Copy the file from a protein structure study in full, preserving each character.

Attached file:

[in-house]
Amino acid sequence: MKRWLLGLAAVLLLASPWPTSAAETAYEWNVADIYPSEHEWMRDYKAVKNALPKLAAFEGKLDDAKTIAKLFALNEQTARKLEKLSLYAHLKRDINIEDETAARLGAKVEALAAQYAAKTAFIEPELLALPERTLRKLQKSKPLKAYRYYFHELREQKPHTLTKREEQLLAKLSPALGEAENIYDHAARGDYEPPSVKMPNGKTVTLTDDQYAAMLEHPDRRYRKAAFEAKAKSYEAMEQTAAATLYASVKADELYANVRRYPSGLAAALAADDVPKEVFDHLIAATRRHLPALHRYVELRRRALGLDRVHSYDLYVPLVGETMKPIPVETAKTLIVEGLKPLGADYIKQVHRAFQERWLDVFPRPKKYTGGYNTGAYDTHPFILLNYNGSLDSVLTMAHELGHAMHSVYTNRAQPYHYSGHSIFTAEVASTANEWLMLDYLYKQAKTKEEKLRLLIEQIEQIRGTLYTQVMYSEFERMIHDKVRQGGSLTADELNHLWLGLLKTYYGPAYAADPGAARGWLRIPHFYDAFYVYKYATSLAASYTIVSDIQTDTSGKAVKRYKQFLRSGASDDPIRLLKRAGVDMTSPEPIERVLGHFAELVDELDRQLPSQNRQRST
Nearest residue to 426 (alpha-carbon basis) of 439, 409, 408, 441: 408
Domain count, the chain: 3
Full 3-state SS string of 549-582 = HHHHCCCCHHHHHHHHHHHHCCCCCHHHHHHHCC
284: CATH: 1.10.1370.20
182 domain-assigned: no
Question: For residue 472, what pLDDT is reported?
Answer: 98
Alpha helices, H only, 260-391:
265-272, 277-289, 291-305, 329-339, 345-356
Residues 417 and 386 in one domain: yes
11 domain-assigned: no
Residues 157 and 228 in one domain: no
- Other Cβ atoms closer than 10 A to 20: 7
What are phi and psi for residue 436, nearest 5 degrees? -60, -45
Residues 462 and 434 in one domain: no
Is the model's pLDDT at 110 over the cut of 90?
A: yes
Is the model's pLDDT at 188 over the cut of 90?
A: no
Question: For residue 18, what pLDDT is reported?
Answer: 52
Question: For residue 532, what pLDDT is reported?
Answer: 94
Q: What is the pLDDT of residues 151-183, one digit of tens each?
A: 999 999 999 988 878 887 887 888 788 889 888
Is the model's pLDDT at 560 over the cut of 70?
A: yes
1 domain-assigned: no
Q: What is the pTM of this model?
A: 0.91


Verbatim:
[in-house]
Amino acid sequence: MKRWLLGLAAVLLLASPWPTSAAETAYEWNVADIYPSEHEWMRDYKAVKNALPKLAAFEGKLDDAKTIAKLFALNEQTARKLEKLSLYAHLKRDINIEDETAARLGAKVEALAAQYAAKTAFIEPELLALPERTLRKLQKSKPLKAYRYYFHELREQKPHTLTKREEQLLAKLSPALGEAENIYDHAARGDYEPPSVKMPNGKTVTLTDDQYAAMLEHPDRRYRKAAFEAKAKSYEAMEQTAAATLYASVKADELYANVRRYPSGLAAALAADDVPKEVFDHLIAATRRHLPALHRYVELRRRALGLDRVHSYDLYVPLVGETMKPIPVETAKTLIVEGLKPLGADYIKQVHRAFQERWLDVFPRPKKYTGGYNTGAYDTHPFILLNYNGSLDSVLTMAHELGHAMHSVYTNRAQPYHYSGHSIFTAEVASTANEWLMLDYLYKQAKTKEEKLRLLIEQIEQIRGTLYTQVMYSEFERMIHDKVRQGGSLTADELNHLWLGLLKTYYGPAYAADPGAARGWLRIPHFYDAFYVYKYATSLAASYTIVSDIQTDTSGKAVKRYKQFLRSGASDDPIRLLKRAGVDMTSPEPIERVLGHFAELVDELDRQLPSQNRQRST
Nearest residue to 426 (alpha-carbon basis) of 439, 409, 408, 441: 408
Domain count, the chain: 3
Full 3-state SS string of 549-582 = HHHHCCCCHHHHHHHHHHHHCCCCCHHHHHHHCC
284: CATH: 1.10.1370.20
182 domain-assigned: no
Question: For residue 472, what pLDDT is reported?
Answer: 98
Alpha helices, H only, 260-391:
265-272, 277-289, 291-305, 329-339, 345-356
Residues 417 and 386 in one domain: yes
11 domain-assigned: no
Residues 157 and 228 in one domain: no
- Other Cβ atoms closer than 10 A to 20: 7
What are phi and psi for residue 436, nearest 5 degrees? -60, -45
Residues 462 and 434 in one domain: no
Is the model's pLDDT at 110 over the cut of 90?
A: yes
Is the model's pLDDT at 188 over the cut of 90?
A: no
Question: For residue 18, what pLDDT is reported?
Answer: 52
Question: For residue 532, what pLDDT is reported?
Answer: 94
Q: What is the pLDDT of residues 151-183, one digit of tens each?
A: 999 999 999 988 878 887 887 888 788 889 888
Is the model's pLDDT at 560 over the cut of 70?
A: yes
1 domain-assigned: no
Q: What is the pTM of this model?
A: 0.91